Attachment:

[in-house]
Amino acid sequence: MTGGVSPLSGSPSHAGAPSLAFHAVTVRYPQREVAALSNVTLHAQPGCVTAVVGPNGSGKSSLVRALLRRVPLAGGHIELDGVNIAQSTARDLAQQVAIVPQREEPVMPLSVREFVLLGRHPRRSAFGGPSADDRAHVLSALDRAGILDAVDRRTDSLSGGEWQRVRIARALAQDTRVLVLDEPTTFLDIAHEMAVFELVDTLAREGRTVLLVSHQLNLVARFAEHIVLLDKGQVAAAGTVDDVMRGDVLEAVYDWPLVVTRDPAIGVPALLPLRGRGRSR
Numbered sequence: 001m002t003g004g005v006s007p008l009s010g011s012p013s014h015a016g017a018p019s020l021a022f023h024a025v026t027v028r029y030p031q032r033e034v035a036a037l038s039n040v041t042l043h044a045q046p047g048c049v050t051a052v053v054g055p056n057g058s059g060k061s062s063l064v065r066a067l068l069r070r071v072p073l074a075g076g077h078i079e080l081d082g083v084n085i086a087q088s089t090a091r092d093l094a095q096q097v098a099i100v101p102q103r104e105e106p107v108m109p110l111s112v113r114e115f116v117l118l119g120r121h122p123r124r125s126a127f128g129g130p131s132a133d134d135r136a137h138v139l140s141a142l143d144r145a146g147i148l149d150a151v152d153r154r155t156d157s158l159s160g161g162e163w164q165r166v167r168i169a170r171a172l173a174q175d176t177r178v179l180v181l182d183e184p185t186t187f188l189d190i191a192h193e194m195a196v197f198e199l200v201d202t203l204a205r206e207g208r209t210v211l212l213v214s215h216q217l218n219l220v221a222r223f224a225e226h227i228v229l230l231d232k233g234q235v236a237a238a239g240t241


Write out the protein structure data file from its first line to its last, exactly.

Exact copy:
[in-house]
Amino acid sequence: MTGGVSPLSGSPSHAGAPSLAFHAVTVRYPQREVAALSNVTLHAQPGCVTAVVGPNGSGKSSLVRALLRRVPLAGGHIELDGVNIAQSTARDLAQQVAIVPQREEPVMPLSVREFVLLGRHPRRSAFGGPSADDRAHVLSALDRAGILDAVDRRTDSLSGGEWQRVRIARALAQDTRVLVLDEPTTFLDIAHEMAVFELVDTLAREGRTVLLVSHQLNLVARFAEHIVLLDKGQVAAAGTVDDVMRGDVLEAVYDWPLVVTRDPAIGVPALLPLRGRGRSR
Numbered sequence: 001m002t003g004g005v006s007p008l009s010g011s012p013s014h015a016g017a018p019s020l021a022f023h024a025v026t027v028r029y030p031q032r033e034v035a036a037l038s039n040v041t042l043h044a045q046p047g048c049v050t051a052v053v054g055p056n057g058s059g060k061s062s063l064v065r066a067l068l069r070r071v072p073l074a075g076g077h078i079e080l081d082g083v084n085i086a087q088s089t090a091r092d093l094a095q096q097v098a099i100v101p102q103r104e105e106p107v108m109p110l111s112v113r114e115f116v117l118l119g120r121h122p123r124r125s126a127f128g129g130p131s132a133d134d135r136a137h138v139l140s141a142l143d144r145a146g147i148l149d150a151v152d153r154r155t156d157s158l159s160g161g162e163w164q165r166v167r168i169a170r171a172l173a174q175d176t177r178v179l180v181l182d183e184p185t186t187f188l189d190i191a192h193e194m195a196v197f198e199l200v201d202t203l204a205r206e207g208r209t210v211l212l213v214s215h216q217l218n219l220v221a222r223f224a225e226h227i228v229l230l231d232k233g234q235v236a237a238a239g240t241